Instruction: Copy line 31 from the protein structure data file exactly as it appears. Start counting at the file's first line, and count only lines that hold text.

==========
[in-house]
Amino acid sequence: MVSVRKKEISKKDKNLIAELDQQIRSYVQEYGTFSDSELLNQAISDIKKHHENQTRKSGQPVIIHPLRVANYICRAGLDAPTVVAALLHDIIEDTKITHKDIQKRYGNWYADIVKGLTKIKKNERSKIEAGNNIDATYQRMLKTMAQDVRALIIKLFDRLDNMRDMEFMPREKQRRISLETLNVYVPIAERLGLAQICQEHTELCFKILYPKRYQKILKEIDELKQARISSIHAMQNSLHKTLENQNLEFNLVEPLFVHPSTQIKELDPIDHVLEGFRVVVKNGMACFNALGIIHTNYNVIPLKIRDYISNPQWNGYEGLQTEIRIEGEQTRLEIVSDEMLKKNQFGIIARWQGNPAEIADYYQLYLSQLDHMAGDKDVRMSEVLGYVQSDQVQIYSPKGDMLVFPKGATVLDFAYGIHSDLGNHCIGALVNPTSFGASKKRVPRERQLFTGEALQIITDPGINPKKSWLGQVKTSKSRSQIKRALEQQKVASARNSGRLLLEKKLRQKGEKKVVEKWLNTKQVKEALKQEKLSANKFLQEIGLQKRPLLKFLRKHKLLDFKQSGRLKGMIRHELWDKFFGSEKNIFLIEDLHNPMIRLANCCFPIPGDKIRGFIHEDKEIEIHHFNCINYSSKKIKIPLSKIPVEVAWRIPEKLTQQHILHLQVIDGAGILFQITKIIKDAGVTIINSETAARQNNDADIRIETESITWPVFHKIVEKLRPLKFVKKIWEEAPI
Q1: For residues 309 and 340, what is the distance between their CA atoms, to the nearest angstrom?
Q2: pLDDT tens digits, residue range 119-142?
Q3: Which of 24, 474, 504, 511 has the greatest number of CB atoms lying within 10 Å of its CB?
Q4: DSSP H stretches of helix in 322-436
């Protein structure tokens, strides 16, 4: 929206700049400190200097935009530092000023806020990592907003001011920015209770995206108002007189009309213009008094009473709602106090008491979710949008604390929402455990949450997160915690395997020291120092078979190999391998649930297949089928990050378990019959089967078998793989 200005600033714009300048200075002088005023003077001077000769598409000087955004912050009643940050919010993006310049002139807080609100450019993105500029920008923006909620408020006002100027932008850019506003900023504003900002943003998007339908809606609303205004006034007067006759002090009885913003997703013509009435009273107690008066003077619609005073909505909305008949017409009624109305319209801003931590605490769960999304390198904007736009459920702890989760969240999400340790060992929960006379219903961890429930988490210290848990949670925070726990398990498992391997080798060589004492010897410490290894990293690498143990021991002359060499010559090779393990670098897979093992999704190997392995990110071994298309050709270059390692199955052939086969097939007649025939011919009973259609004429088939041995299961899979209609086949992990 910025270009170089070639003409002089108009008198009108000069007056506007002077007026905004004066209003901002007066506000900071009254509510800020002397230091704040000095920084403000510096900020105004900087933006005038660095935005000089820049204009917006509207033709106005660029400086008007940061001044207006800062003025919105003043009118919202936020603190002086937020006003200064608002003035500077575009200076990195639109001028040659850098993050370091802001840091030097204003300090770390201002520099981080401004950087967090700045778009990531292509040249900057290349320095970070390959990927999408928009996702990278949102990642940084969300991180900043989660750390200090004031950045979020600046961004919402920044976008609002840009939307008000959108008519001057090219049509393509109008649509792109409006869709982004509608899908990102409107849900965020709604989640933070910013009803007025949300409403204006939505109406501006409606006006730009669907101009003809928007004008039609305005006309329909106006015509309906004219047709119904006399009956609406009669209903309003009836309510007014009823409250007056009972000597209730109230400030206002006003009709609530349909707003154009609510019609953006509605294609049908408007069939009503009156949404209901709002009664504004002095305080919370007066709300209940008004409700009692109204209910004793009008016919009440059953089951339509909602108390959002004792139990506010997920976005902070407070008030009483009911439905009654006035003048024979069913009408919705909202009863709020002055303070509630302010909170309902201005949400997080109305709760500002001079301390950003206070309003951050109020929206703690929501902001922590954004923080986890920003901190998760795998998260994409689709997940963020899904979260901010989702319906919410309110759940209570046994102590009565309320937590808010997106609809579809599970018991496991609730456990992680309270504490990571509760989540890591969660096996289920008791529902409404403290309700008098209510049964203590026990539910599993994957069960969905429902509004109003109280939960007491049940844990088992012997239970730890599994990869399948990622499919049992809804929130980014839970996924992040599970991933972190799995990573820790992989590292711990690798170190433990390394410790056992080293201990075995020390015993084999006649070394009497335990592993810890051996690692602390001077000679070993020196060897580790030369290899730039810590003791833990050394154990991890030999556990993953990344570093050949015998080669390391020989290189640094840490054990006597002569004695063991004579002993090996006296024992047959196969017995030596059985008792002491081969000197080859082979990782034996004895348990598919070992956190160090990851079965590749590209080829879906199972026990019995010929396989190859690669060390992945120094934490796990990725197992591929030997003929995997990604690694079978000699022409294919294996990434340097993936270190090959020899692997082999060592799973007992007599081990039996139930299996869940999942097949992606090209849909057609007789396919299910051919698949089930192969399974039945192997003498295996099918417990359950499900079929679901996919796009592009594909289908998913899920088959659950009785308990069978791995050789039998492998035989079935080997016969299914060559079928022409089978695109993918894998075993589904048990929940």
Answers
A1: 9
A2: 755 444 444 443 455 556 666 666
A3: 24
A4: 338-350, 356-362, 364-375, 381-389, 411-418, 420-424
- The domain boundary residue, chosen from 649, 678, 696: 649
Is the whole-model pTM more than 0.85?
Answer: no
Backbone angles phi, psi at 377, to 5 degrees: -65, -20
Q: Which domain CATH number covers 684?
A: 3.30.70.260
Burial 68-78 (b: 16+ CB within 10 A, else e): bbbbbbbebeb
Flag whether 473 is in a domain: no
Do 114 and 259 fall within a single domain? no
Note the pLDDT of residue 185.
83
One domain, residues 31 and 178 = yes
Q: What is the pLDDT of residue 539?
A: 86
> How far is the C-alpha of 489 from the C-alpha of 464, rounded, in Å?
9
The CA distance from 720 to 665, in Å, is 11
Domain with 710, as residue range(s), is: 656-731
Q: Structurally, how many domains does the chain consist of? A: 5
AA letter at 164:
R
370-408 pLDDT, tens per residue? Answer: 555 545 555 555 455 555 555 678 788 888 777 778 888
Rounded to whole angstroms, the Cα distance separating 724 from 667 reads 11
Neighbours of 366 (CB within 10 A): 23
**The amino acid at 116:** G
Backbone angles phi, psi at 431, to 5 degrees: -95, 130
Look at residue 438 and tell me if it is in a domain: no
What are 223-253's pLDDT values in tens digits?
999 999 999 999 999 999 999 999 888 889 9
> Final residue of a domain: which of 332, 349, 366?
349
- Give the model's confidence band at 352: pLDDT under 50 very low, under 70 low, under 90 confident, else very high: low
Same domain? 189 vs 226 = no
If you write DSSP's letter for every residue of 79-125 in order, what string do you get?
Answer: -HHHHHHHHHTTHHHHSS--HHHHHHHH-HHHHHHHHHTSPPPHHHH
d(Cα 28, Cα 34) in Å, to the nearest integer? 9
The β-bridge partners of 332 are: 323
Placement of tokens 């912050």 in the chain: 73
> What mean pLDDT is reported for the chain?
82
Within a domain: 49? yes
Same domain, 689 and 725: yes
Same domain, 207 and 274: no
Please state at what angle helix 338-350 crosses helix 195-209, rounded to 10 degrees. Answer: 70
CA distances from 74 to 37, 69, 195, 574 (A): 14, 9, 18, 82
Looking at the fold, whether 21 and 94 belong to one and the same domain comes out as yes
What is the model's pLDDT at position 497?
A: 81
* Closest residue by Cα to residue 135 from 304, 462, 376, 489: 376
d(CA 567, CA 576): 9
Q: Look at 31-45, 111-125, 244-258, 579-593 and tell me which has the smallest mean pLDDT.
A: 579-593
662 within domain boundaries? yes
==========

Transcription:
Q: Structurally, how many domains does the chain consist of? A: 5